In the midst of the comedy maelstrom, into which Edinburgh in August descends, I was privileged to enjoy an extraordinary artistic experience.
This is quintessential 21st Century art.
In a shed, beside Bob's Blundabus, was an exclusive exhibition of the works of Spike Smith. A contemporary of Damien Hirst, Smith has eschewed mere pickling to create works which have been described as “challenging, stunning and original”. I was, indeed, both challenged and stunned. Which is more than I was by any of the comedy I saw. But this is not comedy. This is art. As such, one has to remember that that which, to the untutored eye, might look like a load of old tat, to the art cognoscenti speaks volumes and costs a fortune. One has only to think of Bridget Reilly's blank canvas, Tracey Emin's bed and tent and… the rest, and Turner Prize-winning bricks to understand that many years of study and experience in are required to truly understand the difference.
I must, here, confess that, while looking at one of the video installations – a man in lycra running around in a wood, examining “the multilayered emotions intrinsic to the male experience” – I sat on another piece of Smith's work. In my defence. I can only say that it was a stool, it did say SIT on it in black felt tip, and I thought it might be interactive. A multi-media cactus/marshmallow creation speaks volumes on Brexit, a print of the woman who put the cat in the bin (entitled The Woman Who Put The Cat In The Bin) is a powerful pleas for restoration of the death penalty and a place setting of fuzzy cutlery is a telling metaphor for New Labour. Your mind spins with the messages these works are sending.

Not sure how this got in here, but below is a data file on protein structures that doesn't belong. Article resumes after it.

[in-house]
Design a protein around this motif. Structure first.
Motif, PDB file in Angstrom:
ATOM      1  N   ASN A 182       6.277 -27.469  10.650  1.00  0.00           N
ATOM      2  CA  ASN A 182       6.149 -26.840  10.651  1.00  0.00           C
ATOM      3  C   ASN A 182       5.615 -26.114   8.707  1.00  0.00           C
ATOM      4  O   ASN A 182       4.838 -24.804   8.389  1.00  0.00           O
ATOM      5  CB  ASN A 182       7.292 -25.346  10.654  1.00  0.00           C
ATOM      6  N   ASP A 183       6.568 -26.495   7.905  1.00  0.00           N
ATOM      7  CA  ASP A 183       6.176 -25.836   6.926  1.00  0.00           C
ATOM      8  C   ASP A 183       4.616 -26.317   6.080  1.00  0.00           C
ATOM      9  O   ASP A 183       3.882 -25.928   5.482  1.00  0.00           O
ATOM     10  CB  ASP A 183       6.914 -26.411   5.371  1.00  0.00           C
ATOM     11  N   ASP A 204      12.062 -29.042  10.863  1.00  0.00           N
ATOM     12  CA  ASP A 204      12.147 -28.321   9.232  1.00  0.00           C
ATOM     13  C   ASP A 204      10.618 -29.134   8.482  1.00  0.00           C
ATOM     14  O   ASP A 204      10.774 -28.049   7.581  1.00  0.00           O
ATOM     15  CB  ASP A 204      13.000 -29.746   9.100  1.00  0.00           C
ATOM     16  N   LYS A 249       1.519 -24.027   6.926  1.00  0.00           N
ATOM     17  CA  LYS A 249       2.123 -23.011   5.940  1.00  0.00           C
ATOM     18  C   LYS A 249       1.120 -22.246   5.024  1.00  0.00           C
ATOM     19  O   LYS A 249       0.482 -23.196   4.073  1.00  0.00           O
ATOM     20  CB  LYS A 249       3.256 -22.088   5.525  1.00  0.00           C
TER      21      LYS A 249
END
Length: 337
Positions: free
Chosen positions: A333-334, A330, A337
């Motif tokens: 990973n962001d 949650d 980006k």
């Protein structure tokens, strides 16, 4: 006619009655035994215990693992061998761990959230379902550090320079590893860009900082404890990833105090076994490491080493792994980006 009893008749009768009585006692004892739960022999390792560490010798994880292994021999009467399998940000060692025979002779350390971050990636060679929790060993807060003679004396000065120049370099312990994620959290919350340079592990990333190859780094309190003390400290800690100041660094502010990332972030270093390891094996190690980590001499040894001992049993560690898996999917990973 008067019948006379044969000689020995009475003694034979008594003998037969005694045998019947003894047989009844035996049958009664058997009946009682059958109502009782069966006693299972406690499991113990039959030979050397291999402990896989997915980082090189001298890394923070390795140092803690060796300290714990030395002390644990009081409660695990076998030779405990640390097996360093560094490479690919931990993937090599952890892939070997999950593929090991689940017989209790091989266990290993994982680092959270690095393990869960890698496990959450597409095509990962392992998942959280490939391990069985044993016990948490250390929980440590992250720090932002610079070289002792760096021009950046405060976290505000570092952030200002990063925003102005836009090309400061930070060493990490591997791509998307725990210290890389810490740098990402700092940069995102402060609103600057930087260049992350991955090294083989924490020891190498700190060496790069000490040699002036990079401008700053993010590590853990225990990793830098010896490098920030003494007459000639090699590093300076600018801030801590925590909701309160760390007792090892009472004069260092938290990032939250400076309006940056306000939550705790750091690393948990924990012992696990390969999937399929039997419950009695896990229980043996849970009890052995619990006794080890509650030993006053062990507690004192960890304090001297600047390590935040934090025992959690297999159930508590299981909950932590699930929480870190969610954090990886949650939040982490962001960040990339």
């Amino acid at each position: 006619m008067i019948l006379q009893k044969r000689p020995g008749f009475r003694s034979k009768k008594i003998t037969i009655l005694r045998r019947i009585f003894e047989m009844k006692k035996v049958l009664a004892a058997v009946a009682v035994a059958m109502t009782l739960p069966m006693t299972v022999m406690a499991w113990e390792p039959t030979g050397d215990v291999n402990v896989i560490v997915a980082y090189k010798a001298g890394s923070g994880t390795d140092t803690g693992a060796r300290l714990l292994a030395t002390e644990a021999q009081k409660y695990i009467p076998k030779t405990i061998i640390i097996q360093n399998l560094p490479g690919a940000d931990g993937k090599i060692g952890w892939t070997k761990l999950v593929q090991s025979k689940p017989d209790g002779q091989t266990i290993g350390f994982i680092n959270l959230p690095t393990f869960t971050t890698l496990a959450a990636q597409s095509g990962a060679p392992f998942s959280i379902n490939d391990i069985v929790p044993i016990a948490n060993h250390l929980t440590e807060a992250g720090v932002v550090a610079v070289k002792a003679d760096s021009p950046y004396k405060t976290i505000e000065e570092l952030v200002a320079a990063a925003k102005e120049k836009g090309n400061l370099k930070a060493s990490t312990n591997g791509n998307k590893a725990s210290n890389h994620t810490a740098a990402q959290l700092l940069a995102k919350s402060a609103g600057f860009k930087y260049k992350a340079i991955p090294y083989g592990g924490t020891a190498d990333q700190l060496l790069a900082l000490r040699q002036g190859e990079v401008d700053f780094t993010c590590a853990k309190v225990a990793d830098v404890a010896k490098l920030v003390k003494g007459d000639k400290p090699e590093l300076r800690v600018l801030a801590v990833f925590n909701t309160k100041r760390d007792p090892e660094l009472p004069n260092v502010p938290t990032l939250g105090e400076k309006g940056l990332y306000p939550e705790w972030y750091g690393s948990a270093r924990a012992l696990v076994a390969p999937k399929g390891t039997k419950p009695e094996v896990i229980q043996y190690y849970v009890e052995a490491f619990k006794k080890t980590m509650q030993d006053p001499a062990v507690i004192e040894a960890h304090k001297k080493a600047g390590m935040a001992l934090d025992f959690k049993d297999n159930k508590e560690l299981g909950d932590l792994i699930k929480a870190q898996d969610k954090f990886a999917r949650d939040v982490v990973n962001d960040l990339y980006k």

I was – of course – hoping to see his most famous work For The Love of Cash. Recently sold for one billion pounds, the work took his own bathroom bin, complete with used cotton buds, dirty tissue and toilet roll tubes and let it speak to all of us, simply by covering it in seven hundred pounds worth of gold leaf. Sadly, it was not in the shed.
I urge you to see Smith's oeuvre wherever and whenever you can. And, of course, if you are very rich, to buy. This is quintessential 21st Century art.